What Helps Students Learn?
The push for doing education on the cheap has led to a number of “innovations” nearly always touted as ways to “do more with less.” But the data on these experiments increasingly present a more complicated picture of their efficacy.
For instance, more and more research suggests that MOOCs, which stormed the higher education scene a couple of years ago, just don’t work well for most students.
One recent study of MOOCs, which found that students learned in a very “passive” way, adds to this assessment.
The researchers looked at the experience of 400 students enrolled in a high-level course for health professional offered by the Harvard Medical School and came to these conclusions:
Students started off with high hopes that they would gain new skills to do their jobs better and boost their careers, explained Colin Milligan, a research fellow at Glasgow Caledonian University and co-investigator on the project.
But when they were questioned during their course, the students simply wanted to complete the programme or get good marks, he said, rather than actually put their knowledge into action.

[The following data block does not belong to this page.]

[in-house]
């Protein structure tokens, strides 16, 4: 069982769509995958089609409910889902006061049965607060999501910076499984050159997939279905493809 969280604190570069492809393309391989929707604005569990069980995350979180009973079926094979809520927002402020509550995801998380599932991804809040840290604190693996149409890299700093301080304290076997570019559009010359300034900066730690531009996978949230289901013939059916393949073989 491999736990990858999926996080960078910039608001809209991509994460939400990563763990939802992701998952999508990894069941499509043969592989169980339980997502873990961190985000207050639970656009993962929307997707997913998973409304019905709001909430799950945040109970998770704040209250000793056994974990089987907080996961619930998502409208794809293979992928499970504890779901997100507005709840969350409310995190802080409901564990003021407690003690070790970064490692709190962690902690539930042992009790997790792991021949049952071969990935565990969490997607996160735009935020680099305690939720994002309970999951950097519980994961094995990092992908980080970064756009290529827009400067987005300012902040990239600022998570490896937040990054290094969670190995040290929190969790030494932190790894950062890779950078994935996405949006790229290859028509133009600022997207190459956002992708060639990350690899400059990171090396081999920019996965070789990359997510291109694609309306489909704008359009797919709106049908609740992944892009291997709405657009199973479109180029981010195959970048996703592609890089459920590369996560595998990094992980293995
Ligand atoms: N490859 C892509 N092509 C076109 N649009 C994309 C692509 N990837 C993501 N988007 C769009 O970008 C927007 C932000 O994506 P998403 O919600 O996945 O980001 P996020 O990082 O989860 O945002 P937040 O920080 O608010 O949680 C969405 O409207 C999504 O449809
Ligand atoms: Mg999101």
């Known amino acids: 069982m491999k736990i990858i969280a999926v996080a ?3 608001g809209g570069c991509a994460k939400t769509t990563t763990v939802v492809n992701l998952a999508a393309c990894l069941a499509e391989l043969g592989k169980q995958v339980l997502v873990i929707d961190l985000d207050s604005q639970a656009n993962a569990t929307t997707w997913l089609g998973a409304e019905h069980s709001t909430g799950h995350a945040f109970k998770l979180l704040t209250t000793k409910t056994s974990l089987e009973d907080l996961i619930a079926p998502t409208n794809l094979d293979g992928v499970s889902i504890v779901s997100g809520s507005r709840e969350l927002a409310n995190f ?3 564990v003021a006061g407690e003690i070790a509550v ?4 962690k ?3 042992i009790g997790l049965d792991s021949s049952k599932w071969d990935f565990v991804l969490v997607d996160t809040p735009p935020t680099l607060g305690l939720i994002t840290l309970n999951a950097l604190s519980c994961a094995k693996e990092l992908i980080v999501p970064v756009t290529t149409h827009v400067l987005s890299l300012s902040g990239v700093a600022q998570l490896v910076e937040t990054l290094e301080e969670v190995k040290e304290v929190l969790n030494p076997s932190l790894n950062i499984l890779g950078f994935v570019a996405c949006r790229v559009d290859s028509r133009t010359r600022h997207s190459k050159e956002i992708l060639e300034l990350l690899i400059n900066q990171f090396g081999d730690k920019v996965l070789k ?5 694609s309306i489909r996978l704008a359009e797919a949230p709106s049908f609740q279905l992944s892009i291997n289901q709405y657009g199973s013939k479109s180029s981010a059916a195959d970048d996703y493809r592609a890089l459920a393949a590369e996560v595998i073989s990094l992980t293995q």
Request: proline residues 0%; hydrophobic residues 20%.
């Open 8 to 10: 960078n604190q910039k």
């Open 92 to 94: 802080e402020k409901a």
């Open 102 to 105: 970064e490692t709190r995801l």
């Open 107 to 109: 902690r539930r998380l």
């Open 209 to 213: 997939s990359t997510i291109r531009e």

In contrast to the claims that MOOCs facilitate vigorous interaction and collaboration among students taking the course, this study found that even eager students wound up doing “as little [interaction] as possible.” [See more details on the study]
What does work to help students get engaged and actively learn? For anyone who has been to college, the answer is pretty obvious; and it’s corroborated by a recent Gallup poll about engagement and success of college students. According to the researchers, it’s real interactions like those with “a professor who cared about them, made them excited to learn and encouraged them to follow their dreams” that makes all the difference for most students.
As the report points out, not enough students have those experiences; but more MOOCs, fewer faculty, and less time for them to work with students aren’t trends that are taking us in the right direction.
See a recent New York Times Opinion piece on why and how nurturing matters to college students.